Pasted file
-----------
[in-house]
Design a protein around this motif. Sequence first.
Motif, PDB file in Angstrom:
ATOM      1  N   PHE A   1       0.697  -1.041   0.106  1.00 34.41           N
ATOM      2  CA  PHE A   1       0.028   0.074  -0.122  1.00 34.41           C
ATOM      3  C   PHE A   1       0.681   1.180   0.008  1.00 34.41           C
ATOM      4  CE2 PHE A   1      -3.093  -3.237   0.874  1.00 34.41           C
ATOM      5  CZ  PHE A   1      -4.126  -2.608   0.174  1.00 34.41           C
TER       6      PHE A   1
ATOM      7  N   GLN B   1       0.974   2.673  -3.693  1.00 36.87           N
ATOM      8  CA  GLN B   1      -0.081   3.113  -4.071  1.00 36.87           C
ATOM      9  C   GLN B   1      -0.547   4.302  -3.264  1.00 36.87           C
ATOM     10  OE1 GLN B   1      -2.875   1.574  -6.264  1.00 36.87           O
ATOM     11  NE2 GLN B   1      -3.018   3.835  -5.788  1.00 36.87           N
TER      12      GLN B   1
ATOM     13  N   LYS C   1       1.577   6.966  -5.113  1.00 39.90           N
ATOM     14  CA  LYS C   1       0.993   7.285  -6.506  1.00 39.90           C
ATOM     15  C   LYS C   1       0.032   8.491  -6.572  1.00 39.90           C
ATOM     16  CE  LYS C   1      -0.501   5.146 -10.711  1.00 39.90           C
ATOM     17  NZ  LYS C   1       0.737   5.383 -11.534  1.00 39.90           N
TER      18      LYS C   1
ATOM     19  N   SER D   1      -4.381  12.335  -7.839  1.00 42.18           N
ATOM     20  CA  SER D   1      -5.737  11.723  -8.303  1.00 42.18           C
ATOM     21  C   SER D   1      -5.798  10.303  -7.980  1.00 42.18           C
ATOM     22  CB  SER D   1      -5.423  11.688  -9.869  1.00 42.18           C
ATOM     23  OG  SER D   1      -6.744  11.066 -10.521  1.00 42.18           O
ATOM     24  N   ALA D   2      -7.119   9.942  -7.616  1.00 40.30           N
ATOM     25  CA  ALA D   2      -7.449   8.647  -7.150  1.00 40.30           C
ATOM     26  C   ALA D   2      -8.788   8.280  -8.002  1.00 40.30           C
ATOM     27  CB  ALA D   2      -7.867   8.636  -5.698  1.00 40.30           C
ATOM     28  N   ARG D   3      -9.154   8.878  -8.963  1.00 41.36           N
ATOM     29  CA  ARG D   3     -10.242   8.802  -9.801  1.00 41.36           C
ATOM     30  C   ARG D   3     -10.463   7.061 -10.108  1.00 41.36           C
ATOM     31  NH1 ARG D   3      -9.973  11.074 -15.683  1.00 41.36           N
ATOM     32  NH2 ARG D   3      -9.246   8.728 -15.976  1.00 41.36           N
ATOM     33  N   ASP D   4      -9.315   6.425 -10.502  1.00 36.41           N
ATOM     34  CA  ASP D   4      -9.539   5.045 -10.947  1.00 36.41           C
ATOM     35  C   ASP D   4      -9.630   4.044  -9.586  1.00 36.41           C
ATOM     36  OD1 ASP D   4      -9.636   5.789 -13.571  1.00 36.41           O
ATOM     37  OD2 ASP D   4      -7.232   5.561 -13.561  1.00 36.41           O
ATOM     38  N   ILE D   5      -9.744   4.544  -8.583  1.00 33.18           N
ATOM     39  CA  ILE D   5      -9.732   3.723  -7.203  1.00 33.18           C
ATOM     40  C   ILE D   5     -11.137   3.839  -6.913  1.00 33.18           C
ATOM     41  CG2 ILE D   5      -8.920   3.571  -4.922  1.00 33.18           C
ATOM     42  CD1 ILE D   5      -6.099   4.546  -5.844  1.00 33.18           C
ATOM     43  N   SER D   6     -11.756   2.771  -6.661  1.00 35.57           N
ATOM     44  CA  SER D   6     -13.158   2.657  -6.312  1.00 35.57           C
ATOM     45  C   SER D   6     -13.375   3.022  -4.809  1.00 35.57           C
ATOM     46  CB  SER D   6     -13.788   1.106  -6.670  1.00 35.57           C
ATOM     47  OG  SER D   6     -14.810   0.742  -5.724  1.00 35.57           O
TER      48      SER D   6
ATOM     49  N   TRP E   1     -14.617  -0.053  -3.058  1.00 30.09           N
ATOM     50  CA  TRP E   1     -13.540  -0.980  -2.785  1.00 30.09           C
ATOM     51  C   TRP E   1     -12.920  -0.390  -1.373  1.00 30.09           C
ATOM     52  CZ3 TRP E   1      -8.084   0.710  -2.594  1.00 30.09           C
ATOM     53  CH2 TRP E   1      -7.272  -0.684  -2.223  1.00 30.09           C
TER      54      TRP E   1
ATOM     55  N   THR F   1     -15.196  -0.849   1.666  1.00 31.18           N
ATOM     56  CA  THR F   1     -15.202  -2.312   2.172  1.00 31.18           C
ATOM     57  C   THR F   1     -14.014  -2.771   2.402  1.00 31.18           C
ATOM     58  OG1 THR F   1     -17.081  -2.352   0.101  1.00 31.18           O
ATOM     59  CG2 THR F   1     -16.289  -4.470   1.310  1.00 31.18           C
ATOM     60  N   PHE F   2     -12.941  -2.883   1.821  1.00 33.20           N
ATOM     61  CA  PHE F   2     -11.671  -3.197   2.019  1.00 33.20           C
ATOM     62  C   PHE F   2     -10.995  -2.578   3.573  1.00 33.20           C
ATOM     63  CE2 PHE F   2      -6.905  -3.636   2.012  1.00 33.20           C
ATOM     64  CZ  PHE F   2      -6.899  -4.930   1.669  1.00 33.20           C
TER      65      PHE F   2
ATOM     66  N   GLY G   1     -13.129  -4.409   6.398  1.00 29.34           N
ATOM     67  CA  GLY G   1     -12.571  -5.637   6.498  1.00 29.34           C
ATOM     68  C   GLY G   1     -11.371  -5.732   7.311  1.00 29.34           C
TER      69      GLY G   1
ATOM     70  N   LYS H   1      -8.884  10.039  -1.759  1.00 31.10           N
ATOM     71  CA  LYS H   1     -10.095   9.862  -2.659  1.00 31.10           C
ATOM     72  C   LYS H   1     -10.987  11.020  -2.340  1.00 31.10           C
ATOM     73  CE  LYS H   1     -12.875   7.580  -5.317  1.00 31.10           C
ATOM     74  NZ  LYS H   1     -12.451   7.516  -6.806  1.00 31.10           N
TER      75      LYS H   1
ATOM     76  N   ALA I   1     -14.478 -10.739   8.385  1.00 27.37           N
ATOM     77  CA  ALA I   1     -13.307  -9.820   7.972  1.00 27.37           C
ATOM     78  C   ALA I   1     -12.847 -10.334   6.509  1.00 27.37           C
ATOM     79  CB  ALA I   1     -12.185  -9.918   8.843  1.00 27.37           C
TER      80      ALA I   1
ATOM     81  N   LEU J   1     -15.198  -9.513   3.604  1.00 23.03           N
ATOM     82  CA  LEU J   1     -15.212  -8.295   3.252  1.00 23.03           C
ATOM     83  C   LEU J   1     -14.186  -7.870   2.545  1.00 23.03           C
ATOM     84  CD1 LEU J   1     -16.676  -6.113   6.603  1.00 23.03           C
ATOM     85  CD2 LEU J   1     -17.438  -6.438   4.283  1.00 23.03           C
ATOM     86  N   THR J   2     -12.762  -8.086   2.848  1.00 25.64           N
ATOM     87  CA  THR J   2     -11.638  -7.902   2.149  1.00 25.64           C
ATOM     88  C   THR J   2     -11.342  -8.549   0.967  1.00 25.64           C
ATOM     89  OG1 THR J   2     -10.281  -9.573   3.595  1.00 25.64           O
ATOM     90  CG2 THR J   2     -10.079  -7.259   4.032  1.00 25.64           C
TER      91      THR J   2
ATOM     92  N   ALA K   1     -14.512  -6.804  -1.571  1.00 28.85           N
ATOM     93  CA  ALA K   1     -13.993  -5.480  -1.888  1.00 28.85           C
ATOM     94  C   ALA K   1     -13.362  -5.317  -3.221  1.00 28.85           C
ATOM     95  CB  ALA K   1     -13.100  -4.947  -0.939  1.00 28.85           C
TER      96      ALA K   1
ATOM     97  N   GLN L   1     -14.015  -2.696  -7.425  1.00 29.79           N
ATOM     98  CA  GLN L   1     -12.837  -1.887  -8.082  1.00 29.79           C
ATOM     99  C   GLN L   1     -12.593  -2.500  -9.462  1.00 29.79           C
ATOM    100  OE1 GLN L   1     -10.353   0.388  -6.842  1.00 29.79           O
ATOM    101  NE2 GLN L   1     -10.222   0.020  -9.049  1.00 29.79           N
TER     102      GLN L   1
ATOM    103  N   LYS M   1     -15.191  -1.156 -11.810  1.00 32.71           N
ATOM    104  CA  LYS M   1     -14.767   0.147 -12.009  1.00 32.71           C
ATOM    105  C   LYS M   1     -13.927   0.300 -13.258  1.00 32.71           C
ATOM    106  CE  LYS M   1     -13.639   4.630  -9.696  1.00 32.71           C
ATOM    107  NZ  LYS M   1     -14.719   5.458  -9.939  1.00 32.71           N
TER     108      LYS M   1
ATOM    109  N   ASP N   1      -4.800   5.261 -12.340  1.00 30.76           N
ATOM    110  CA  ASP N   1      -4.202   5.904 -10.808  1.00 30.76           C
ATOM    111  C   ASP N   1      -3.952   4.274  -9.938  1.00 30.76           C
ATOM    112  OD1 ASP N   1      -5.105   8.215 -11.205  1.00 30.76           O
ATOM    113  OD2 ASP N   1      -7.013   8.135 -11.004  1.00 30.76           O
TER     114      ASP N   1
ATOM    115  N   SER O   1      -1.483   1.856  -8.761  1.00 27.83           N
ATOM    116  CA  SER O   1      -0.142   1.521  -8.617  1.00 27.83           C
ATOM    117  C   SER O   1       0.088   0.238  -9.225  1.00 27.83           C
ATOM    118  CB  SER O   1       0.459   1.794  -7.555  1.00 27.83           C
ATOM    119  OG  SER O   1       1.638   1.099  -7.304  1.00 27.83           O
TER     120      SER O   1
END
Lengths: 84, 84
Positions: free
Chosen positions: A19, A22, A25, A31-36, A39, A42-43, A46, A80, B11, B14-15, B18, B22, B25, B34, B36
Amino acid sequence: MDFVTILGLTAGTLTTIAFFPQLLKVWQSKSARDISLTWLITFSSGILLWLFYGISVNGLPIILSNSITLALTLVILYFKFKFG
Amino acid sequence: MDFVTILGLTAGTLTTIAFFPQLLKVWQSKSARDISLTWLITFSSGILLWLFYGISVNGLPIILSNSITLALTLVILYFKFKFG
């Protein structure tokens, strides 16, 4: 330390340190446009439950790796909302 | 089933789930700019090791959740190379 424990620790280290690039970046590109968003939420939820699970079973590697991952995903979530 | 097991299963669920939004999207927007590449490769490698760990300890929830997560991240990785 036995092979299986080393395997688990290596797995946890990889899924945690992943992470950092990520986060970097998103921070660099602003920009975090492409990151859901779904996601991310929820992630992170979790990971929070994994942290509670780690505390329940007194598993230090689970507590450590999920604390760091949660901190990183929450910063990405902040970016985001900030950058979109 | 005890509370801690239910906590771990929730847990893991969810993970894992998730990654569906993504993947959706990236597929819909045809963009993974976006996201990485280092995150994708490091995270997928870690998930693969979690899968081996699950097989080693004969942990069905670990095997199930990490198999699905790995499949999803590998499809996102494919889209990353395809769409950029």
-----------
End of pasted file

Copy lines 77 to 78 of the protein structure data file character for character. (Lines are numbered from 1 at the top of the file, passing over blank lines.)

ATOM     74  NZ  LYS H   1     -12.451   7.516  -6.806  1.00 31.10           N
TER      75      LYS H   1